Traditional creation was accomplished, at least in Britain, using what's called a clamp. This is essentially a pile of wooden logs standing upright and leaning against a chimney of wooden stakes held by rope. The pile is completely covered by soil, straw, and the like to prevent air from entering, and ensuring the reducing environment. The clamp is lit by introducing burning fuel into the chimney, and allowed to burn down for around five days' time. During this time, the clamp was closely monitored to ensure the soil cover remained intact. Any cracks could allow oxygen into the system and reduce the yield, or spoil the result.
A more simple and modern method of producing charcoal involves a sealed metal container, such as a 55-gallon drum. This has the advantage of preventing fire from breaking through the covering, as was possible with the clamp. This does not mean, of course, that it should be lit and abandoned. Nor should it be done in an enclosed environment, for the fire poses a risk to combustible materials and also produces carbon monoxide: an odorless, colorless, and tasteless gas that is toxic in concentration.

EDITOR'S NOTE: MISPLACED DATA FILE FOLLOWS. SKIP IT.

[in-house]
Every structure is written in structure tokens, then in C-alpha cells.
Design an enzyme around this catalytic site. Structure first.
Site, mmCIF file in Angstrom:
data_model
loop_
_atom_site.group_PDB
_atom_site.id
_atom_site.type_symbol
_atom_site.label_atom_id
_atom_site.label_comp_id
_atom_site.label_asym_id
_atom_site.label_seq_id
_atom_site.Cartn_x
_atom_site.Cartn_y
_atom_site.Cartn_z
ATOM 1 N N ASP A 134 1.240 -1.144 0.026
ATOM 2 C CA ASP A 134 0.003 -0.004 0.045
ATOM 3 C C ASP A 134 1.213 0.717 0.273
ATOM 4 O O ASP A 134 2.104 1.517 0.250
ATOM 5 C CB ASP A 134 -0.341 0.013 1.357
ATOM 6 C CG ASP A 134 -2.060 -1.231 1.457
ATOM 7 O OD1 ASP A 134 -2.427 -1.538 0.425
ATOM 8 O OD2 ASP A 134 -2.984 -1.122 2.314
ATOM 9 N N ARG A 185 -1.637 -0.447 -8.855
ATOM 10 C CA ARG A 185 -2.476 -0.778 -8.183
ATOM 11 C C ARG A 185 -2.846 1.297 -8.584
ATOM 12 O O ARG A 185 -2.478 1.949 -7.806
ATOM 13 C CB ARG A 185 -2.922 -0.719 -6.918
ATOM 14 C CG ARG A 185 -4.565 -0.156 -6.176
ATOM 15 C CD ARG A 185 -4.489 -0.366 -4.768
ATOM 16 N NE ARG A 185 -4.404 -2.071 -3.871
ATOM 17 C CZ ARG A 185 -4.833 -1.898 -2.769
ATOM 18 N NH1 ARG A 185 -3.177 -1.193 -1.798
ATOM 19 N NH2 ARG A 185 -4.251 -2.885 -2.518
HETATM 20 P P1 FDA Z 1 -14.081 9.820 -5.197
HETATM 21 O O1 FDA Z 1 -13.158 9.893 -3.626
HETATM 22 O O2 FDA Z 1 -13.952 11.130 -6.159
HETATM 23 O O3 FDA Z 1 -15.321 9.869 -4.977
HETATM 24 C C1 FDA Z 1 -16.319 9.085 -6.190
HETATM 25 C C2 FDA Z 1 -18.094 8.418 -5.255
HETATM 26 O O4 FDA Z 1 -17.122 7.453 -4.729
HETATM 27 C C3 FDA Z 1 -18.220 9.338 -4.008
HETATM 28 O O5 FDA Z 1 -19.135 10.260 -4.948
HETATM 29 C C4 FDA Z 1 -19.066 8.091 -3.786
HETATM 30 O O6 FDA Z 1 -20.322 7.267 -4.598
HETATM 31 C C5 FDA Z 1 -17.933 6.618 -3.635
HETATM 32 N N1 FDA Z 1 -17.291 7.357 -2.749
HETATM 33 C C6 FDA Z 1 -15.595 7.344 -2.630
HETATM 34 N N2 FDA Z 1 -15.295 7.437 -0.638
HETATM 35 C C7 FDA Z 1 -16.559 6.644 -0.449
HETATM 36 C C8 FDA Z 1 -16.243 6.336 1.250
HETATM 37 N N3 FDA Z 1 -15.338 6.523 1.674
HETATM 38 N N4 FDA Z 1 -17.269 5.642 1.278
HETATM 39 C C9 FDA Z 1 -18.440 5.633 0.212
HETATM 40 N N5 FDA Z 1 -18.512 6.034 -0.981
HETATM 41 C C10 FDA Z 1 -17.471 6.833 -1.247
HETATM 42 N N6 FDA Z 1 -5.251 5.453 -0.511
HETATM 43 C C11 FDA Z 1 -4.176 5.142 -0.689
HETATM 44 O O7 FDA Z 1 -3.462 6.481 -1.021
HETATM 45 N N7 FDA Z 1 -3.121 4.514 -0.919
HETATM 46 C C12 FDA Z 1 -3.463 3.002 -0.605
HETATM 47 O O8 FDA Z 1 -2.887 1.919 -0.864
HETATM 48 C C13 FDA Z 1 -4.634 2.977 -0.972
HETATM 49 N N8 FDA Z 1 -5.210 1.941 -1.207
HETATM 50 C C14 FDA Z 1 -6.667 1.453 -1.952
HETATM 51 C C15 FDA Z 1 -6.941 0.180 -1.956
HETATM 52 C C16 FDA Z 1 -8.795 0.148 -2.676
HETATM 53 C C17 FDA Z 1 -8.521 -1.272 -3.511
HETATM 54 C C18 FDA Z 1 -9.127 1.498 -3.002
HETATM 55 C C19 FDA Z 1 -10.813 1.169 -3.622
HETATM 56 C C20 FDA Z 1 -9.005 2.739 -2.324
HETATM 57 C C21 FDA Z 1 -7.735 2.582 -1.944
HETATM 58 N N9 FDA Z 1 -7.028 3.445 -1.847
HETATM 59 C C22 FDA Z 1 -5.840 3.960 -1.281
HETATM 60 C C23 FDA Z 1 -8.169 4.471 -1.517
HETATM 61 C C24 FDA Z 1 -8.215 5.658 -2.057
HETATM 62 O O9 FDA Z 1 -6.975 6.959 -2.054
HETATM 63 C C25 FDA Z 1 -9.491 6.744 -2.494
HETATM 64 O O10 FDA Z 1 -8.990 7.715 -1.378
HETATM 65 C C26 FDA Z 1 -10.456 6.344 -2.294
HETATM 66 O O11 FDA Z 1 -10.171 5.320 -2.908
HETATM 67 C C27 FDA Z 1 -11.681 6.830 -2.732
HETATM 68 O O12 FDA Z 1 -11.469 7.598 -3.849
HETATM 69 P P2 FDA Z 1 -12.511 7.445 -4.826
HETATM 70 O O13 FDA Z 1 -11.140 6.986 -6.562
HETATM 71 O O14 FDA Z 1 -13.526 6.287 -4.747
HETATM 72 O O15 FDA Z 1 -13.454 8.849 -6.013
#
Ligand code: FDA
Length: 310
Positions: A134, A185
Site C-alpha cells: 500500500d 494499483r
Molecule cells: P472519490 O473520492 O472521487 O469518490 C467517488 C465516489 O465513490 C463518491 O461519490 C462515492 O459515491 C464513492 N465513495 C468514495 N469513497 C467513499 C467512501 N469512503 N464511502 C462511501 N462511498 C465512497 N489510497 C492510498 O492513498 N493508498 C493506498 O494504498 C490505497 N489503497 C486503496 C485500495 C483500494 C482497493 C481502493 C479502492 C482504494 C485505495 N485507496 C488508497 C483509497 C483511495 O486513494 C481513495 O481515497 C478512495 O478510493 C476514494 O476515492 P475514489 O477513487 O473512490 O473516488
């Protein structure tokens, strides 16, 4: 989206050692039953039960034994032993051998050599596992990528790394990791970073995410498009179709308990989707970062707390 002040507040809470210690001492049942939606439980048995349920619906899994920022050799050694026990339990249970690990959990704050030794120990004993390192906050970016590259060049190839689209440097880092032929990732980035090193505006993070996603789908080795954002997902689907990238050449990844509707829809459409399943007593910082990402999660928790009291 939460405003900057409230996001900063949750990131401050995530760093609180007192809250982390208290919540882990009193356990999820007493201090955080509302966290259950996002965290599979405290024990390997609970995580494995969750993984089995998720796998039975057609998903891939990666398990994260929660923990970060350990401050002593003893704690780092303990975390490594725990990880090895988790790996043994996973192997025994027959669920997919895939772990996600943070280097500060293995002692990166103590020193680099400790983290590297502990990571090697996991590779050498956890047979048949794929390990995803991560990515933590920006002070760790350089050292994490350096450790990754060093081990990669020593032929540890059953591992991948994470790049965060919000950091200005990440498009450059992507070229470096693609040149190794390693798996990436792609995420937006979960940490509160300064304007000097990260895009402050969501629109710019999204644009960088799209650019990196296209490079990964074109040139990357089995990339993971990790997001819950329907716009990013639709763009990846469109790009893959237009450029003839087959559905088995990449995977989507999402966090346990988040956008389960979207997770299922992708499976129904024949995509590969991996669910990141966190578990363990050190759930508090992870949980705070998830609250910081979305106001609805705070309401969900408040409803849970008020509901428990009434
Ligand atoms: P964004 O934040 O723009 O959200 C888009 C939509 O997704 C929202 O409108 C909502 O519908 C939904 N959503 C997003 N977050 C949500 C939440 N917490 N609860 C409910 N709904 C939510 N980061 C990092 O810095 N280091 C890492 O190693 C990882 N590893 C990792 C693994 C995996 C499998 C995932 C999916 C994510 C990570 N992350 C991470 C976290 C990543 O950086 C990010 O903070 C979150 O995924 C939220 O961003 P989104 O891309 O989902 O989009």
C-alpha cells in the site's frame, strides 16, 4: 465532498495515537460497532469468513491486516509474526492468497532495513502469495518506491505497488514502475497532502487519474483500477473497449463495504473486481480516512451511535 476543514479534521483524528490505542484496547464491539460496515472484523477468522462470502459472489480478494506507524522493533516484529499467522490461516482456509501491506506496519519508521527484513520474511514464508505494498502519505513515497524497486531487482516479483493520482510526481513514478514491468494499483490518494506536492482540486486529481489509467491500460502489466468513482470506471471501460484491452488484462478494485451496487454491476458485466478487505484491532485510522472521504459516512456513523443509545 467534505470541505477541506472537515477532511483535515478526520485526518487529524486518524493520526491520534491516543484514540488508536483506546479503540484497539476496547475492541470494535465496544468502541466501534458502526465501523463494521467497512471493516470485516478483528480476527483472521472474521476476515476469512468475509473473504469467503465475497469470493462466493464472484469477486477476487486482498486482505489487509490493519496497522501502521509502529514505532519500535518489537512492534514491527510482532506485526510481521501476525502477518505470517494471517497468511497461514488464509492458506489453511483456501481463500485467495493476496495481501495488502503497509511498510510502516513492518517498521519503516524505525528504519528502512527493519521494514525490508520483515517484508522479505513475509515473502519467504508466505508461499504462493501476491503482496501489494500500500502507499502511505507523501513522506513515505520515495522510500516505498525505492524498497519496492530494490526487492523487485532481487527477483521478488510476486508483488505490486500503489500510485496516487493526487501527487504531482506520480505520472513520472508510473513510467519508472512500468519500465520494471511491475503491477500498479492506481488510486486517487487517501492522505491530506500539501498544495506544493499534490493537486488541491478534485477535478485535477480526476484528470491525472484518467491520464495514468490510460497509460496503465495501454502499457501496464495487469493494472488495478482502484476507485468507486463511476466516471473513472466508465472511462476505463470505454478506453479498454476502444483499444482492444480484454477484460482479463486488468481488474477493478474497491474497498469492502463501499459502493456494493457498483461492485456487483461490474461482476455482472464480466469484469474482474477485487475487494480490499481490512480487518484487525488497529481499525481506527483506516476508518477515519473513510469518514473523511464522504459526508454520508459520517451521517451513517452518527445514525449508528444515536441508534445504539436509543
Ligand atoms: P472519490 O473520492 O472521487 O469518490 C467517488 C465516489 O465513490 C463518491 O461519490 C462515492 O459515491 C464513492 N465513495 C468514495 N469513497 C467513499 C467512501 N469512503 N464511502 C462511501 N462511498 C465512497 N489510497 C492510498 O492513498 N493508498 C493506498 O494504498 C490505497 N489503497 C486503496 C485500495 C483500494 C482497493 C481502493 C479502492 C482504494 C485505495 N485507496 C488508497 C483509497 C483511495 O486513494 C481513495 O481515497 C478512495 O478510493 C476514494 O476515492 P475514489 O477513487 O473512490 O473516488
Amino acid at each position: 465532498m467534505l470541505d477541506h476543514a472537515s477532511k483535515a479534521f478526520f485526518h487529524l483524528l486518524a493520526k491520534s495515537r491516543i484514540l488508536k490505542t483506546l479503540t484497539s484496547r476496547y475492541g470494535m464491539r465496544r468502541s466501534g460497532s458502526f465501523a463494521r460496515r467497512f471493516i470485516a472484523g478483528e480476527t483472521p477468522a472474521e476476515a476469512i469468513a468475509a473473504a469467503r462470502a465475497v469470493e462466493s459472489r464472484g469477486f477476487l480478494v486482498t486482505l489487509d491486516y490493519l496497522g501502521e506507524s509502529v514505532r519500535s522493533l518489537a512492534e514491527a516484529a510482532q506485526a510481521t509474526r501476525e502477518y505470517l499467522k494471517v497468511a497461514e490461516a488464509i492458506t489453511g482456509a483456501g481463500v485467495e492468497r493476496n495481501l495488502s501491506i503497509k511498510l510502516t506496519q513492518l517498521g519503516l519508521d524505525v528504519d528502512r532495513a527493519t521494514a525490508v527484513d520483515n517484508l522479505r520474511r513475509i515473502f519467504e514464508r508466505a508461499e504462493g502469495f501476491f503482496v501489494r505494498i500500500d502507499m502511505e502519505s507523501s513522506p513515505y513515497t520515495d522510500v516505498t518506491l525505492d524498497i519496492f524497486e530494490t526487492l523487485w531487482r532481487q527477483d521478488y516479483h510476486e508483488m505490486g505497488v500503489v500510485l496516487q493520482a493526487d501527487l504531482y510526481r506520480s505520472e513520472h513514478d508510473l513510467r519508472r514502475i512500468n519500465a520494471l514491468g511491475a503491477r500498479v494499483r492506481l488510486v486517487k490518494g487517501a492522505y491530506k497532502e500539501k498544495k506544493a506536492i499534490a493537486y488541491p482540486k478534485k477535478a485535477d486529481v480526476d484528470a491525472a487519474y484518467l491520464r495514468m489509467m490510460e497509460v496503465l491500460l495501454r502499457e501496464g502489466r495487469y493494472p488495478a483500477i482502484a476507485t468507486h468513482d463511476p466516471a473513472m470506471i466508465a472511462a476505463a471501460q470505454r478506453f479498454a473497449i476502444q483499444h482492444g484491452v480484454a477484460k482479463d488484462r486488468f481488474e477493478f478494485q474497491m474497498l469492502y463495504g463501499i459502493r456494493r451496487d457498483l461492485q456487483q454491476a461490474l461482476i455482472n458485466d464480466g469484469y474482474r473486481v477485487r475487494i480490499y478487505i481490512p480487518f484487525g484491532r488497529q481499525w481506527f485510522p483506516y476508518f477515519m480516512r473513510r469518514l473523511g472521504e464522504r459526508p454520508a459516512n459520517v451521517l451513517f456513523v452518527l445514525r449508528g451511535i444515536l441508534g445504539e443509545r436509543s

In a DIY environment, once the materials had been gathered, the process is very simple. You would need a sealed metal container with a tight fitting lid, typically a 55-gallon drum would work well. You will also need cured wood to turn into charcoal, and extra wood to burn to produce the charcoal. Cured wood, which means it has been dried to reduce moisture content, can be bought or made yourself by leaving it outside stacked to allow air flow around the pieces. Cherry, oak, and hickory are all good choices, mesquite will work but has a tendency to pop quite violently and throw off sparks. The traditional Japanese white charcoal (binchō-tan) is made from white oak, and has been used for centuries.